Recruitment from the candidate’s perspective
As a recruiter, you’re probably already buried in applications, campaigns, new employees that need to be onboarded, and a million other things. On the other side of the aisle, candidates are also often working on applying for several job opportunities at the same time, and the way they perceive your (non)actions could have a severe impact on the effectiveness of your company’s recruitment campaigns.
By the way, if you really are swamped managing job offers, campaigns, etc, perhaps check out our ATS solution Beehire for a better way to work! We’ll save you half the time it takes to find new employees.
According to a CareerArc study, nearly 60% of candidates say they have had a bad recruitment experience. Of these candidates, 72% say they have talked about it directly with others or online. In addition, a study by Yaggo and IFOP in France shows that 60% of candidates are ready to boycott a brand in case of a bad recruitment experience!
These figures illustrate that the candidate’s experience can have a significant impact on the employer’s brand and the reputation of a company. But what is the candidate’s experience? And how can you influence it?
Candidate experience: a definition
Candidate experience is the general opinion a candidate has of a company’s recruitment process: everything from responsiveness to their application, to how well finer details such as employer branding assets are applied throughout the process. Candidates start forming their opinions from the moment they hear about your job offer and end when that person is onboarded into the company (or is informed they don’t get the job).
Effective recruitment has many similarities with marketing practices: in both cases, one is out to gain as many candidates/leads as possible, to then segment and filter them down to smaller numbers that can be converted to customers/employees. Similar to a potential buyer who can’t figure out how to buy something, candidates who are not (effectively) followed up on tend to have a negative experience and are 3.5 times less likely to apply for a new job in that company.
Thinking of the candidate experience in terms of a funnel is an approach borrowed from marketing, however paying attention to each stage of the candidate journey (analogous to a customer journey) can not only leave the candidate with a more positive image of the recruitment process, your company, and potentially even turn them into future advocates (even if they don’t get the job).
The different stages of the candidate journey
Being present at the right time, with the right message, and in the right place at each stage of the candidate journey is essential to improving your candidate experience. The phases are:
The potential candidate comes into contact with your job offer, and potentially even your company, for the first time. Maximize your reach by being present at events, on social networks, etc. in order to make your company and your offers known to potential candidates.
2. Consideration and interest phase
The candidate learns about your company and your competitors and decides to apply for a job with you. Give them an easy and user-friendly website, preferably in the context of a career section of your site, so they’ll go ahead and apply. Don’t forget to write a complete and attractive job offer to attract the best candidates!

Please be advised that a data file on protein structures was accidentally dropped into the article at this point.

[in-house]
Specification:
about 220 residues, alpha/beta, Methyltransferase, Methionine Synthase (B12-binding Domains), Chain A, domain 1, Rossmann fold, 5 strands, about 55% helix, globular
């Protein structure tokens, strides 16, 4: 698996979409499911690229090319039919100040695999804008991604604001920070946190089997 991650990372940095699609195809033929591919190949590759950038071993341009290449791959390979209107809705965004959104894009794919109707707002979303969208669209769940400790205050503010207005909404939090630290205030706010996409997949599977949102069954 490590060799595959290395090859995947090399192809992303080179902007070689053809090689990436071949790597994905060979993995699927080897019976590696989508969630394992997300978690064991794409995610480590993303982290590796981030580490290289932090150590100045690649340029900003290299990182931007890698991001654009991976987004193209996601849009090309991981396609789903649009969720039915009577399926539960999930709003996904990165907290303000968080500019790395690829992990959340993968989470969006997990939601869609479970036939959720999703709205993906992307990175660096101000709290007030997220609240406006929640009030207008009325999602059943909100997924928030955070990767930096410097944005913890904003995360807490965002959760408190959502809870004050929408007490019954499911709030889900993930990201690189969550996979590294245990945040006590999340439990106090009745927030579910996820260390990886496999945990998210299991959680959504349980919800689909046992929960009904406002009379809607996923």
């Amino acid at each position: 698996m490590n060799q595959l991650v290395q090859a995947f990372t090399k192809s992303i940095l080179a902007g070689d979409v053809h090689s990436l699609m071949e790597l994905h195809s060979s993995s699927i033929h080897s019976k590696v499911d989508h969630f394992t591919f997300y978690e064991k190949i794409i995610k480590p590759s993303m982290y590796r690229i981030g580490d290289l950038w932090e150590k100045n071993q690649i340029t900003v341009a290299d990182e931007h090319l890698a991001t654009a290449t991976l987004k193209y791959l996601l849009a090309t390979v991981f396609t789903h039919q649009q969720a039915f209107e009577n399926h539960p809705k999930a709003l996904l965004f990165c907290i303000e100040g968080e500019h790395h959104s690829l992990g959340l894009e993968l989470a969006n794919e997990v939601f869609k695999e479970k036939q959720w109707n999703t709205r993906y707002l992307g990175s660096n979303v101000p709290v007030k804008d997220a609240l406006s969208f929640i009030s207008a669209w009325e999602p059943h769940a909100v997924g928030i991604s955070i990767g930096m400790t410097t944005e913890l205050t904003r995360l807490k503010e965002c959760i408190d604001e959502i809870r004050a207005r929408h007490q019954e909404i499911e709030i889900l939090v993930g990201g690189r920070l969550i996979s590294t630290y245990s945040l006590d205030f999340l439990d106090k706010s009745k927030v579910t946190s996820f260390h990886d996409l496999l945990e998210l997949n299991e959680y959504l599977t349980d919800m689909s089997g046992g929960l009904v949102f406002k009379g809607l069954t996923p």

3. Applying (or converting)
The candidate applies and starts the recruitment process. Helpful here is to make sure the various steps to apply aren’t too long or tedious. According to a CareerBuilder study, 1 in 5 candidates will not complete the process if it takes more than 20 minutes to complete the various steps (however, you should question if that certain 1 out of 5 who didn’t have 20 minutes for a job application would have really been someone worth considering …). Regardless, this step is crucial in order not to miss out on promising candidates!
You’re now in direct contact with some promising candidates and will get to know them better. Conversely, they too are learning more about your company during the various interviews and assessments. While you’re using this opportunity to gauge whether this will be a qualitative employee, they are imagining themselves working for your company, working alongside your colleagues. Spending some time discussing the company’s history, values, and culture can help steer their opinion. Be sure to give the candidate adequate time to ask any questions they may have.
5. Hire or reject
At this stage, the candidate is either offered a job or thanked for their time. In both cases, communicating honestly and continuously with the candidate will allow you to keep their trust while explaining your choice. To really leave the candidate with a positive experience try to avoid generic rejection letters.
6. The onboarding process
You’ve finally found the ideal candidate and are now onboarding them as an employee at the company! Stay in touch with them during their onboarding, asking how they’re fitting into their new team and if they’re finding everything alright.
Improve your candidate experience with Beehire
Beehire has several tools that can help give candidates a more consistent and effective experience with your company: from consistent branding applied to everything from emails to video calls, to help you keep track of applications so you don’t miss an important part of the funnel. Schedule a demo call with us to see how we can help!